Reflecting on local and national events over the past year, this summer I decided to revise and re-issue Rockfish. To a considerable degree, Rockfish is a book exploring how racial identities were formed and originally came into tension in Central Virginia, starting with the British settlement period. The basis of the book is merely history. I wanted to go back and make sure nothing obstructed its original purpose, which is as important now as it ever has been.
Race has meant different things at different times over the last several centuries. Race has never been a fixed concept. Definitions of race have varied from generation to generation for many reasons and we can assume that race, as a concept, will continue to evolve and vary in years to come. Ironically, the characters in Rockfish do not always care very much about race themselves; they are naturally more concerned with life, liberty and the pursuit of happiness—as most people are. But no Virginia community could escape the scars of slavery, civil war, Jim Crow, eugenics and segregation. Race was forced to matter; and people adapted.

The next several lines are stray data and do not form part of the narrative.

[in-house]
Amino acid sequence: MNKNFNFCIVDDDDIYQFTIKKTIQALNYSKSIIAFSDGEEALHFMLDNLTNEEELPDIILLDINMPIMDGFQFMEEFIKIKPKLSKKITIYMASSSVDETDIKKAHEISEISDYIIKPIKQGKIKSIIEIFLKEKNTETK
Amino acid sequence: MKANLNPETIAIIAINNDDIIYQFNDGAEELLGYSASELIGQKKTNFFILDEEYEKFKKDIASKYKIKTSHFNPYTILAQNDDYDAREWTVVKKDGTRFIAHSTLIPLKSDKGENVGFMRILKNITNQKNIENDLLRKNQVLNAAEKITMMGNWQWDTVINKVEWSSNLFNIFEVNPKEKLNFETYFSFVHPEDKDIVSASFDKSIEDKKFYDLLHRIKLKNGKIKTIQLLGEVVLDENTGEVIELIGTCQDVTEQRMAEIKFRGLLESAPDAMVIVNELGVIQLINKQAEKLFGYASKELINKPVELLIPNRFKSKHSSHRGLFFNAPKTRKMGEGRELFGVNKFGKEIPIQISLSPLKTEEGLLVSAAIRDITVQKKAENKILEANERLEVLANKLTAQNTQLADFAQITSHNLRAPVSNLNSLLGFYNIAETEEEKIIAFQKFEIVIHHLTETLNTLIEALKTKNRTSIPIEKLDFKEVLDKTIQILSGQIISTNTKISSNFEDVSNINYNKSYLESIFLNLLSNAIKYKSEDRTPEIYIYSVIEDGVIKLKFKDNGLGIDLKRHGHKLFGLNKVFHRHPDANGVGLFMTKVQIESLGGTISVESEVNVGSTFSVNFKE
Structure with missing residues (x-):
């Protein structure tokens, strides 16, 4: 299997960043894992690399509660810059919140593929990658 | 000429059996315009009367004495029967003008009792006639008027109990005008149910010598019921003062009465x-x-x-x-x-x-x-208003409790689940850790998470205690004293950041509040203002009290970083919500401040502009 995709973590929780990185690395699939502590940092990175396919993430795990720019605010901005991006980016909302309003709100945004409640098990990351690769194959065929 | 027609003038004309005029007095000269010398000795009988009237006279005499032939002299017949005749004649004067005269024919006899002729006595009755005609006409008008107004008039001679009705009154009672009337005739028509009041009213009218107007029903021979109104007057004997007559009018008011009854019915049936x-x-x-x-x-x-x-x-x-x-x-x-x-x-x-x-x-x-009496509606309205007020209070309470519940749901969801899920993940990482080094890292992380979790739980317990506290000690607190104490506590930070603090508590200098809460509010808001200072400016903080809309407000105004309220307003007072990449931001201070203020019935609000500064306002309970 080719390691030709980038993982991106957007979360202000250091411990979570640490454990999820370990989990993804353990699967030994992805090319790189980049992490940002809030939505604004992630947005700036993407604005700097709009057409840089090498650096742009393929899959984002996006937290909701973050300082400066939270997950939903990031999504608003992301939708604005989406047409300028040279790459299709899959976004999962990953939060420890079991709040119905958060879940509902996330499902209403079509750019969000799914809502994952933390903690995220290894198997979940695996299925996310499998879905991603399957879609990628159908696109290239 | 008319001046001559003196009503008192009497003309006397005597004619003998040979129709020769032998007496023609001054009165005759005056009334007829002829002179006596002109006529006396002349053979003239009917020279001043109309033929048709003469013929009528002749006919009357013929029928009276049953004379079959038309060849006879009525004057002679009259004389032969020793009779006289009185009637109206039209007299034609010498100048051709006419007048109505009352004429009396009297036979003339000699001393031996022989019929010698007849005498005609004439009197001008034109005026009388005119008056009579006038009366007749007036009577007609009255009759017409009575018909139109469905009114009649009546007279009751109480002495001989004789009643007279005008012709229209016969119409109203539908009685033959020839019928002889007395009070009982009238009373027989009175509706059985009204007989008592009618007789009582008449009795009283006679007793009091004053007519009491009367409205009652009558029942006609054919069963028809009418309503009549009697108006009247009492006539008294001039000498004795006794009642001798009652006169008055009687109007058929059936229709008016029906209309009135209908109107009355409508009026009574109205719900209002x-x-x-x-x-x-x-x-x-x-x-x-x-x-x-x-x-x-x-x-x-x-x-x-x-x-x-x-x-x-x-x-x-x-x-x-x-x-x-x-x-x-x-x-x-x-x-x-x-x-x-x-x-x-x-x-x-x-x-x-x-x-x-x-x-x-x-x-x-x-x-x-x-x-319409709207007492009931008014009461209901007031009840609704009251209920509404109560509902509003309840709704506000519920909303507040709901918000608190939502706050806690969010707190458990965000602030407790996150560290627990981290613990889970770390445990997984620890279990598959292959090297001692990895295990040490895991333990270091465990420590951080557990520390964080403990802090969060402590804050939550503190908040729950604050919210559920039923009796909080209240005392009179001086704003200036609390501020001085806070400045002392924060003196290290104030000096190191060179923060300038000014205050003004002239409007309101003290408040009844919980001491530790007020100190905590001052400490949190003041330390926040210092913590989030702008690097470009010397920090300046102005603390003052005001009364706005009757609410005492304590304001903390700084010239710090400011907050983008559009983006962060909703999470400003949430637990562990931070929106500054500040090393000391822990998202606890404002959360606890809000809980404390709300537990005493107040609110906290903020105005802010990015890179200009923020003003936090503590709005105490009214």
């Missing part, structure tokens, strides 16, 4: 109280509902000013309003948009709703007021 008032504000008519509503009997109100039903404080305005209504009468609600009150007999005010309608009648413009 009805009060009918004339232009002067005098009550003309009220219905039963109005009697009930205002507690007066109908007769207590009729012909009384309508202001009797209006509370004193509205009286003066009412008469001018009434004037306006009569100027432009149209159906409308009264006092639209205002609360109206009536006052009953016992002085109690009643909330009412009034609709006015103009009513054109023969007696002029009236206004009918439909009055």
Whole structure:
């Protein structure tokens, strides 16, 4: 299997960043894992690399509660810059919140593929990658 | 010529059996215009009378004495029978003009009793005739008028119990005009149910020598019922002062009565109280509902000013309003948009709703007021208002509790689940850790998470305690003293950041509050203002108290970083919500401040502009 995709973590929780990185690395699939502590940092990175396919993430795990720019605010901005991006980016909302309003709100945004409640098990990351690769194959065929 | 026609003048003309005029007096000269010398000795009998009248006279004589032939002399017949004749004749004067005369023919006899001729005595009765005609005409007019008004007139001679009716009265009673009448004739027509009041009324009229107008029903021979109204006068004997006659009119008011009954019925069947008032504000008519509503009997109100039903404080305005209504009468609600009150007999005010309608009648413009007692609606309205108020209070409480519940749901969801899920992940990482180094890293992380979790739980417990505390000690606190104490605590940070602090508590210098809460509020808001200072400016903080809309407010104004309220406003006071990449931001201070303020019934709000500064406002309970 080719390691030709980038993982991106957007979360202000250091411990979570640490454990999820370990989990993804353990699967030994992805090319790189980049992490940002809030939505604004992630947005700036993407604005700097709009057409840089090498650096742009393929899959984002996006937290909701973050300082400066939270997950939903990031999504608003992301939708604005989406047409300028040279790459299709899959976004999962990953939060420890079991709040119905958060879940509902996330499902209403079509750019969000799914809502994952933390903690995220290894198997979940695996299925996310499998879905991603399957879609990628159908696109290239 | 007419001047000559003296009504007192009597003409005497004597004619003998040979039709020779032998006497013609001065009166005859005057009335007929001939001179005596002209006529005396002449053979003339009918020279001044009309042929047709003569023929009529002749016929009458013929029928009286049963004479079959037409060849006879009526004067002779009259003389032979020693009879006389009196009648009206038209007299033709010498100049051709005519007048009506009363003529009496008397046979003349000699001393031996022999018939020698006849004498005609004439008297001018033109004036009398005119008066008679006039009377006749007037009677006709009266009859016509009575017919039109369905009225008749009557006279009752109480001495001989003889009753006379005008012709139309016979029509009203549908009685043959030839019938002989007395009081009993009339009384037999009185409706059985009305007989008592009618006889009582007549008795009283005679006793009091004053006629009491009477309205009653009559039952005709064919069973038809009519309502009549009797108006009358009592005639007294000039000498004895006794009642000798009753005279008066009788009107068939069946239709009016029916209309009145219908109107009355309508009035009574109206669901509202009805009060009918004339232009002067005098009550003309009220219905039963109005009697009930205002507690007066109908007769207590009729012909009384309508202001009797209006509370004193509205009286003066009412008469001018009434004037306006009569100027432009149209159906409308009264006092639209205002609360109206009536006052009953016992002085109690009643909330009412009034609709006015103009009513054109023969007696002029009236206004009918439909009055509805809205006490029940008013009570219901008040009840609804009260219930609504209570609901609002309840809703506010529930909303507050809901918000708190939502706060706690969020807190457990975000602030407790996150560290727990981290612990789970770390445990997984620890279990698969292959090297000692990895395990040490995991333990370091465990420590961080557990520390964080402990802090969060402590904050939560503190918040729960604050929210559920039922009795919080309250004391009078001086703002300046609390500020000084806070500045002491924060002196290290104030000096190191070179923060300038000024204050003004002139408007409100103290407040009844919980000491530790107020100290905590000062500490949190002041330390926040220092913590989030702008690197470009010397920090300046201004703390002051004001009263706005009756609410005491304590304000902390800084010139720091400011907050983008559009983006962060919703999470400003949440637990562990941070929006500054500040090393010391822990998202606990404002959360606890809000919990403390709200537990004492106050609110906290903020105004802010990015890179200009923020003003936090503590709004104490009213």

For more on this new release, see my Rockfish page, which includes some added photos of Rockfish, then and now.
The new edition of Rockfish is available on amazon in kindle and print.